The two shaded rectangles are two options for dealing with the tech debt. The one on the left is the effort we have to put in if we deal with the tech debt now. We start today and finish at time tE. It has area E, which is the total effort we needed to put into it. The one on the right shows us starting the tech debt later, at time t0. It has the same area E as the first one because one of our assumptions is that we have the same amount of work to do regardless of when we start it. You can see it finishes at time t1 and the total duration (that is, t1t0) is greater because our productivity has declined.

In either case, when we’ve finished tackling the tech debt we can expect our productivity to jump from the blue curve a(t) to the green one, b(t).

If we tackle the tech debt immediately, then, we get something like this:

The value we end up delivering is the large green shaded area starting at time tE, which is when we’ve finished dealing with the tech debt.

On the other hand, if we delay tackling the tech debt we get something that looks like this:

In this case the total value we deliver is the blue shaded area on the left plus the green shaded area on the right. The blue shaded area is the (declining) value we deliver day by day before dealing with the tech debt. The gap in the middle, from t0 to t1, is us deal with the tech debt. Then the green shaded area is us working at full potential.

And from these two pictures we can work out the cost of delay, which is the area in the first picture minus the area in the second one:

We can see that the cost of delay is the area of the green rectangle from tE to t1 minus the blue area that runs from 0 to tE.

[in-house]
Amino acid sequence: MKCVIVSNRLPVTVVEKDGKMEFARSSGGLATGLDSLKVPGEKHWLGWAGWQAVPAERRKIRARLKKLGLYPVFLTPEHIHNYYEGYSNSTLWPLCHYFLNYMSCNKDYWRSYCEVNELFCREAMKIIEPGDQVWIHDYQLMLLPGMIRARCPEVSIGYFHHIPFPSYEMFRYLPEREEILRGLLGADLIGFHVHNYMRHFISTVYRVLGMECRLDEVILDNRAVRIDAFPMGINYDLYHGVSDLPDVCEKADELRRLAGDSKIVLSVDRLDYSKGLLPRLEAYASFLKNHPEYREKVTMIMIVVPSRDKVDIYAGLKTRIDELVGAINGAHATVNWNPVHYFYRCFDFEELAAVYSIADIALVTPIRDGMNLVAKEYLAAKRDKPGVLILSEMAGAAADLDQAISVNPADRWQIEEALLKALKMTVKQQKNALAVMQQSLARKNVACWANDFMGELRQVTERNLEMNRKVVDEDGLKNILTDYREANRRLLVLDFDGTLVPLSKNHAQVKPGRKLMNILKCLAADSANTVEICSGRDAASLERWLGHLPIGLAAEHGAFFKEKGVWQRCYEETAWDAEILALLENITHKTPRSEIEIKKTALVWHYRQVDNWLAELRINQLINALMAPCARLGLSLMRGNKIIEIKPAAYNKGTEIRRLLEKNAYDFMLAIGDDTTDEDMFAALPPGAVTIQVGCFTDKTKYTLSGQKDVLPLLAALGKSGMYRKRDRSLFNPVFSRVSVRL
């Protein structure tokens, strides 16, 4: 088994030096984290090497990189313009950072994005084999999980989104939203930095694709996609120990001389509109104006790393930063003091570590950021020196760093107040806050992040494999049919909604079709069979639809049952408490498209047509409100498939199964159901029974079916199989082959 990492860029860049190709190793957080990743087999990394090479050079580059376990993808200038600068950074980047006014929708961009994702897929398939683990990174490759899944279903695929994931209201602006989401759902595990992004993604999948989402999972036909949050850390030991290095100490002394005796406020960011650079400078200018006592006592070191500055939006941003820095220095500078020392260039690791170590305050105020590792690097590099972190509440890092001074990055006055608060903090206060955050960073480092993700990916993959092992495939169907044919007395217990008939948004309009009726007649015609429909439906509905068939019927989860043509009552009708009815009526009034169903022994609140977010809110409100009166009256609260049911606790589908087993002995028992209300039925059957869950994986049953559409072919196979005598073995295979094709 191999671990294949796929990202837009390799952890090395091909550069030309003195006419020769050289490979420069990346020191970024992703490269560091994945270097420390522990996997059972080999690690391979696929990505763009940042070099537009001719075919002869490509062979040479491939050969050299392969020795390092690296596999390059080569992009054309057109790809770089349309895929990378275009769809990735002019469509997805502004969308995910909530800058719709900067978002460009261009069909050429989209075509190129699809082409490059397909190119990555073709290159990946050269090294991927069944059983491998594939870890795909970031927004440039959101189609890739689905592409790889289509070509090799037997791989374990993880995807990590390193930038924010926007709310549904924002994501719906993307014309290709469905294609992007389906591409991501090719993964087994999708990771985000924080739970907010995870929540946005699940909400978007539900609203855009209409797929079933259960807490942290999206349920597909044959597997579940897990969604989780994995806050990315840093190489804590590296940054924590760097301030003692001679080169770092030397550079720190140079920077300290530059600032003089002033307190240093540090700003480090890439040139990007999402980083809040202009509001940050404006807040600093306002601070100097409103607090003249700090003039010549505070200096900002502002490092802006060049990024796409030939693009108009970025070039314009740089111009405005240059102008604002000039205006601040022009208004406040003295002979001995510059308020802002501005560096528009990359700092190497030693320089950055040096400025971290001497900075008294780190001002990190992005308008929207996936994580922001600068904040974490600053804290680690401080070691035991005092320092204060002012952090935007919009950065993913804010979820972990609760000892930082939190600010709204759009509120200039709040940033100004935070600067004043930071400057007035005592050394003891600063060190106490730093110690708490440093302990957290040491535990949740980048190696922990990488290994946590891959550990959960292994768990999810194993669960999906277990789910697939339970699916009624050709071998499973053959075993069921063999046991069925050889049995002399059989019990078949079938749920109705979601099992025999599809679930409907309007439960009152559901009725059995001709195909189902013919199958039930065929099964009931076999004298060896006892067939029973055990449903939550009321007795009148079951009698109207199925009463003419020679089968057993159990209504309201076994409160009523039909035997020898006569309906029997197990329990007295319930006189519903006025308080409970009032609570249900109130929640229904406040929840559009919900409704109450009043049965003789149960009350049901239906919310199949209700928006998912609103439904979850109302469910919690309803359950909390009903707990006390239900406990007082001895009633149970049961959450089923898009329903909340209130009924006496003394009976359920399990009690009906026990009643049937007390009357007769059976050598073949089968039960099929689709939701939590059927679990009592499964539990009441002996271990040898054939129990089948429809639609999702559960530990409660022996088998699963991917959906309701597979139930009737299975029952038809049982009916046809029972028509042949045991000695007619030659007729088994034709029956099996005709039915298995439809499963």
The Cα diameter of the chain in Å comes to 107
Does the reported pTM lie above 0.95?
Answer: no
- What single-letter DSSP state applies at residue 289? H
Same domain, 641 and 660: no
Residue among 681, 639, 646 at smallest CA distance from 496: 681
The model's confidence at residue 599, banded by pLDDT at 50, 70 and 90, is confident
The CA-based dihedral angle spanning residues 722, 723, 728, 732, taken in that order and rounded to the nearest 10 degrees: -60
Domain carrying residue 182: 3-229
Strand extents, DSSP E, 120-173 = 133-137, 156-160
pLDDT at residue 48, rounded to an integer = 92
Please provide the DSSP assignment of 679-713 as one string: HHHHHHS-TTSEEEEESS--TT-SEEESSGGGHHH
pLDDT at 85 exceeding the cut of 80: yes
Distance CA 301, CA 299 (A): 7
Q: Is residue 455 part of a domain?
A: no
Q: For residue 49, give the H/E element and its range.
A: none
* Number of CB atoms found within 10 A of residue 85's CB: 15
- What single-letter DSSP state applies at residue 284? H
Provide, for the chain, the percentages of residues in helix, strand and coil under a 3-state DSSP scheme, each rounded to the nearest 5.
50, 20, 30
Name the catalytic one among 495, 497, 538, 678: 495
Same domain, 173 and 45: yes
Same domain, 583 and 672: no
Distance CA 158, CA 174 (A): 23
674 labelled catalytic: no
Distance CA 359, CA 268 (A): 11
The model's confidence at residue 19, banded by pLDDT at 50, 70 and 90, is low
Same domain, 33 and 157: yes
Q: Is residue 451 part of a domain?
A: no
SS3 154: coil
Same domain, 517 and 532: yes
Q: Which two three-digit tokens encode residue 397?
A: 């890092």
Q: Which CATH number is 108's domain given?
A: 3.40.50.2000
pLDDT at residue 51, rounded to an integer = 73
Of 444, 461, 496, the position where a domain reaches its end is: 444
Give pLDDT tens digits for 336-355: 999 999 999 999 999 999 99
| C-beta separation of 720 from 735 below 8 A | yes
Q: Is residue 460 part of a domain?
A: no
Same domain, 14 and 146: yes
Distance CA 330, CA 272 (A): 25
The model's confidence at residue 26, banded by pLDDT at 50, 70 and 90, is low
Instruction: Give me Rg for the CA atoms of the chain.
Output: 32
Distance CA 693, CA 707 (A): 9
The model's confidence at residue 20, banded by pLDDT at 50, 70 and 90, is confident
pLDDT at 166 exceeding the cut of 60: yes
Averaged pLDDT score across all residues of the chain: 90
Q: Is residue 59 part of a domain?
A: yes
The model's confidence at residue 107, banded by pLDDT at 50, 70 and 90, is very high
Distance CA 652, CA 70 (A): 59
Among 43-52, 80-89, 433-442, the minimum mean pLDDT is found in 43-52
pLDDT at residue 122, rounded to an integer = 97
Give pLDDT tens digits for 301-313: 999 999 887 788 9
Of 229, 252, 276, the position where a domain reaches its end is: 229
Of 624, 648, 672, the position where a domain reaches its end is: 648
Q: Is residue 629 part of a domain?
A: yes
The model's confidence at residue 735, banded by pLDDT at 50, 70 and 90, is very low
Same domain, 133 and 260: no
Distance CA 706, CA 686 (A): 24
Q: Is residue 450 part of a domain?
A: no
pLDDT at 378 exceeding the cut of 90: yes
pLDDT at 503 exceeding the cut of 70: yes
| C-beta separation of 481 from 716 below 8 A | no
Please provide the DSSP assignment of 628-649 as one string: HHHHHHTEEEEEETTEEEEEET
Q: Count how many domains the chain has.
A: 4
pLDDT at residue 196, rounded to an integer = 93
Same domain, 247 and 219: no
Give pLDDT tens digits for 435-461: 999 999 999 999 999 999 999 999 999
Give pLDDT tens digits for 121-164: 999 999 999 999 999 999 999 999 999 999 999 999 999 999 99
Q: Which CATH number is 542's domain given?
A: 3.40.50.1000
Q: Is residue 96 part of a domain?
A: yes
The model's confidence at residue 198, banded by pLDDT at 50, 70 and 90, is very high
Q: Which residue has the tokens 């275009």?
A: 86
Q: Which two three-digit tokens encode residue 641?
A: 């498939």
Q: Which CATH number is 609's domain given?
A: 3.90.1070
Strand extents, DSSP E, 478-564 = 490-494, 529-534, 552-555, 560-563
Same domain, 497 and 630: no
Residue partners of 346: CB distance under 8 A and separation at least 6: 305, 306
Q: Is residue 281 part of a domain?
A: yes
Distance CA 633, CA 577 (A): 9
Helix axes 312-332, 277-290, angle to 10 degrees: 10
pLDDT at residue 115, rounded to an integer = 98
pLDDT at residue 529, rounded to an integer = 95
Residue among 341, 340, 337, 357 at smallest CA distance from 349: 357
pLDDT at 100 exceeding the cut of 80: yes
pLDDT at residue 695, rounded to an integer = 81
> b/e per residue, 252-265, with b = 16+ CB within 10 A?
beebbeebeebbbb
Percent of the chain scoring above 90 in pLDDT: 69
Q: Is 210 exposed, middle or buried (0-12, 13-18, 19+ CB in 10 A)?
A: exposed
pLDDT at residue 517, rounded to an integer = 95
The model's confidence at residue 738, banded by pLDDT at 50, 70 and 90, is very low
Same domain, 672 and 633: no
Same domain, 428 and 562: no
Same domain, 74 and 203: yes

So that’s all very nice, but what happens to the cost of delay (green minus blue) as we move t0 further and further out?

For this I took my inked scribblings [pdf] and put them into an Excel spreadsheet. (And because my maths is very rusty I also turned to Wolfram Alpha rather than engage my brain any more. The area under the blue curve a(t) relies on using integration, and it can tell you how to integrate a curve like 20/(x+4), which is very handy.)

What we get depends on the precise numbers we put into Excel, but generally it turns out like this:

 

The blue line and green line (both measured by the right hand y-axis) are the same a(t) and b(t) we’ve seen above. The orange line (measured by the left hand y-axis) is the cost of delay of pushing out the tech debt further and further into the future. You can see it’s not quite a straight line, but it becomes near-as-dammit a straight line very quickly.

If you fiddle with the figures in the Excel spreadsheet you can see what happens in different scenarios. You can change the slope of the downward curve a(t) to make it more gentle, or approach a non-zero value. (If you do this, don’t forget to update the corresponding integral equation in the spreadsheet.) You can even see what happens if our renewed productivity is actually less than what we started with. As far as I can tell, in all (sensible) cases we get the same near-as-dammit linear cost of delay.

I find cost of delay mentally stimulating, but also troublesome. It can get very geeky, and that means almost certain aliention of senior stakeholders who don’t generally have time for that kind of thing. In this case we entered the world of integral equations, which, from that point of view, is awful.

But the good news is the outcome in this case is fairly easy to communicate, and that is this: If we’re just considering a temporary stoppage to deal with tech debt then delaying that costs the business proportionally more the longer we leave it.